Tag Archives: Packaging

TustoCorp Products

Last weekend, TrustoCorp, randomly placed one hundred subversively branded products onto the shelves and in the aisles of bodegas, delis, and Kmarts throughout New York City.

Slyly slipped in with existing stock, these modified consumer products are designed to confuse, entertain and make consumers think.

Tagged , ,

Clever Shopping Bag Designs

HERE are some clever shopping bags that were used in advertising campaigns by various companies from around the world.

bag

bag 2

The handles of this shopping bag are made of transparent fishing line, which makes it appear as though it is being held without handles.

Tagged , ,

SunChips Plans 100% Compostable Chip Bag

In 2010, SunChips says it will introduce the first fully compostable chip bag, designed to fully decompose in about 14 weeks when placed in a hot, active compost heap – as illustrated in this promo video. Today, SunChips says that 33% of every 10 1/2 oz. size bag is made with renewable, plant-based materials. (Thanks for the tip “Scoop Thompson”)

Tagged , ,

More Cabinet-Friendly Cereal Boxes

Kellogg’s is testing out the idea of making cereal boxes shorter and wider to save room in your cupboard and fit more on store shelves.  I like the idea because my wife cannot reach the top shelf where the cereal currently resides and now she can have her Raisin Bran Crunch whenever she wants.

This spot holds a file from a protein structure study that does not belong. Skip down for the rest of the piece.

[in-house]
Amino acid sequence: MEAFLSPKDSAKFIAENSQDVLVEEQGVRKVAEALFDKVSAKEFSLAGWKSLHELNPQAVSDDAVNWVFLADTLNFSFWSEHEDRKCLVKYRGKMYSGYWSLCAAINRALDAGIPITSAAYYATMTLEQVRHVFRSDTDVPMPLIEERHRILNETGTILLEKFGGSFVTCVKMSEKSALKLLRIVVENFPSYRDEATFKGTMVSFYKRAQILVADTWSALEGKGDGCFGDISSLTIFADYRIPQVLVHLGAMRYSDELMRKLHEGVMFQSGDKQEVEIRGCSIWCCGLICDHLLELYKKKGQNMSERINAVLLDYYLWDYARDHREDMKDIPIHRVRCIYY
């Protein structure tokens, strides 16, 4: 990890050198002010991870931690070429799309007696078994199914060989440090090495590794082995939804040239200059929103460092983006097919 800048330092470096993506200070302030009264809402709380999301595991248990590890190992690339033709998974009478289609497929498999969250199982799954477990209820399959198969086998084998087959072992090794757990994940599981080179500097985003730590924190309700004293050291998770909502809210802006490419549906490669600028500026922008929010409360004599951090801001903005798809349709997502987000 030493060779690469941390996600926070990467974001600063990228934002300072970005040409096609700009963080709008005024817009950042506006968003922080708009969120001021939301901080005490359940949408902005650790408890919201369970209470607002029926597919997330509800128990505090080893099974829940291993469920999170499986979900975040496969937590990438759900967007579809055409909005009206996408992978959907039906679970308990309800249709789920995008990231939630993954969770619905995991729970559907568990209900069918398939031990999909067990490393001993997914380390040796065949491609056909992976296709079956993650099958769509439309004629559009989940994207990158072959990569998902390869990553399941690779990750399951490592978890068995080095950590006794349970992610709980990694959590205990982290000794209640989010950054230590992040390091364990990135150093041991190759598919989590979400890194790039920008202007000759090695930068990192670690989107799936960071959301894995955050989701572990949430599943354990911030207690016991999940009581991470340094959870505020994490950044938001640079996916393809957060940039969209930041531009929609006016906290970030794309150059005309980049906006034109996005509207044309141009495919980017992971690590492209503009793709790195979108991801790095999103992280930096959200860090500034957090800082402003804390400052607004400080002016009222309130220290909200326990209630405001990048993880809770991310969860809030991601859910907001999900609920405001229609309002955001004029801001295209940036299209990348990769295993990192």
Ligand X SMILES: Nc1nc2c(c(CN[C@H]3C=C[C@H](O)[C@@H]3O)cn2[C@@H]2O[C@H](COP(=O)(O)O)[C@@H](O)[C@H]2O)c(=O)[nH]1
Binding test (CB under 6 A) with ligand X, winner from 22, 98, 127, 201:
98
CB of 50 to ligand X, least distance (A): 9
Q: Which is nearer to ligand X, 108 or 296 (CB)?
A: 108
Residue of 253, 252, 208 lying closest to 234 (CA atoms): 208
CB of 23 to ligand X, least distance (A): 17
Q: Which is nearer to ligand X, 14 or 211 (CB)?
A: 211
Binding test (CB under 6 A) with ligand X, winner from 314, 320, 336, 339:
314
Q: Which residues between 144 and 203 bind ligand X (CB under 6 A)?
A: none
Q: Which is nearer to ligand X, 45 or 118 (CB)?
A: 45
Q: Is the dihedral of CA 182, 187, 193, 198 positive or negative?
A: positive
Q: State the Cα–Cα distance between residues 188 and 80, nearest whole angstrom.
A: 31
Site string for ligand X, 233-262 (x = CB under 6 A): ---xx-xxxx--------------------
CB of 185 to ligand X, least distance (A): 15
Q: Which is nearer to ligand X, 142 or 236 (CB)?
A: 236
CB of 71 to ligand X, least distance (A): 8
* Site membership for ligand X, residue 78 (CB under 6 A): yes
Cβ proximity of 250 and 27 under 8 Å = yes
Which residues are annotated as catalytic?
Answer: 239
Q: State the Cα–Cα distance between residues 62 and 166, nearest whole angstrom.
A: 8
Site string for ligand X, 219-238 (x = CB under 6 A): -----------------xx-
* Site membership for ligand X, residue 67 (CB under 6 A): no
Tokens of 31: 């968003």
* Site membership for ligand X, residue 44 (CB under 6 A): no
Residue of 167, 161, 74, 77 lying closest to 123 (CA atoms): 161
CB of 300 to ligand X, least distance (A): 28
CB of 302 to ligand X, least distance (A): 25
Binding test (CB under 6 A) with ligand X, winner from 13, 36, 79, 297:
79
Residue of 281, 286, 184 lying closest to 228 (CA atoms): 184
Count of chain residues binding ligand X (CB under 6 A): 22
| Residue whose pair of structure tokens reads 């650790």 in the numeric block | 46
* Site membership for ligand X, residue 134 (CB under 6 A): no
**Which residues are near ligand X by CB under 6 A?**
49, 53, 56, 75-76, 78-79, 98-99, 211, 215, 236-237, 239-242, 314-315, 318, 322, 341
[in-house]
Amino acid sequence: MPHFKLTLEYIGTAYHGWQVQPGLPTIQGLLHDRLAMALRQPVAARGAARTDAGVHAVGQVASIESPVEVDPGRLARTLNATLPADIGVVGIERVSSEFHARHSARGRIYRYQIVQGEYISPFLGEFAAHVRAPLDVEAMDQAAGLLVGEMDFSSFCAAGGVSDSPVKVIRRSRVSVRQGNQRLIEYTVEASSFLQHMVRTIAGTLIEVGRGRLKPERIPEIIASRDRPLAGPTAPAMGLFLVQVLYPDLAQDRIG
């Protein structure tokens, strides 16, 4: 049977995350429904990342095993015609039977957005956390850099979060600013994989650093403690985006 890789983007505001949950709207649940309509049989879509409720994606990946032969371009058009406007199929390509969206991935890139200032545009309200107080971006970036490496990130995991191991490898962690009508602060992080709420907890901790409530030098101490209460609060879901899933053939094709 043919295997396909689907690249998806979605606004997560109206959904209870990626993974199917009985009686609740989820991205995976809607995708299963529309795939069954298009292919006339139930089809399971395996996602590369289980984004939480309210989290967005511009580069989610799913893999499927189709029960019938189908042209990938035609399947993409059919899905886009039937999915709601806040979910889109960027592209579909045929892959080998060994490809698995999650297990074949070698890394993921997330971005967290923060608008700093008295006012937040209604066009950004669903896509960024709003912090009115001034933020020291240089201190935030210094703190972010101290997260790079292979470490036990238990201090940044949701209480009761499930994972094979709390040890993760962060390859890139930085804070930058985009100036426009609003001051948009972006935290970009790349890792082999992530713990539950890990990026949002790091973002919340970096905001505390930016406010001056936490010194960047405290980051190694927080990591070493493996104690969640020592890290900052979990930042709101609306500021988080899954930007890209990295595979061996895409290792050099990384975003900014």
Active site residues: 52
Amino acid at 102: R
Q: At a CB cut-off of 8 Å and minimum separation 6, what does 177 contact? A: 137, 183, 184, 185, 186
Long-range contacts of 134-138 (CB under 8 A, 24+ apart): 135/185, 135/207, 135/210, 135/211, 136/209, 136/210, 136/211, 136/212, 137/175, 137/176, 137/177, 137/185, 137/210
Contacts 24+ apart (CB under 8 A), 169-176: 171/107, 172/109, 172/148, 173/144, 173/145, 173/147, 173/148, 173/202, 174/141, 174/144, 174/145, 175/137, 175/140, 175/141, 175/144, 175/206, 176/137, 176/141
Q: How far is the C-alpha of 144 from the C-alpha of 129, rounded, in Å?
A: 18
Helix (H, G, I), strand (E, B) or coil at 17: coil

Tagged , ,

Amazon Introduces Frustration-Free Packaging

The Frustration-Free Package (on the left) is recyclable and comes without excess packaging materials such as hard plastic clamshell casings, plastic bindings, and wire ties. It’s designed to be opened without the use of a box cutter or knife and will protect your product just as well as traditional packaging (on the right). Products with Frustration-Free Packaging can frequently be shipped in their own boxes, without an additional shipping box.

ffp-comparison-2__v261895878_

Tagged ,

Milk Jug Gets A Makeover

A simple change to the design of the gallon milk jug, adopted by Wal-Mart and Costco, seems made for the times. The jugs are cheaper to ship and better for the environment, the milk is fresher when it arrives in stores, and it costs less.

What’s not to like? Plenty, as it turns out.

The jugs have no real spout, and their unorthodox shape makes consumers feel like novices at the simple task of pouring a glass of milk. Read the whole story here.

Tagged
%d bloggers like this: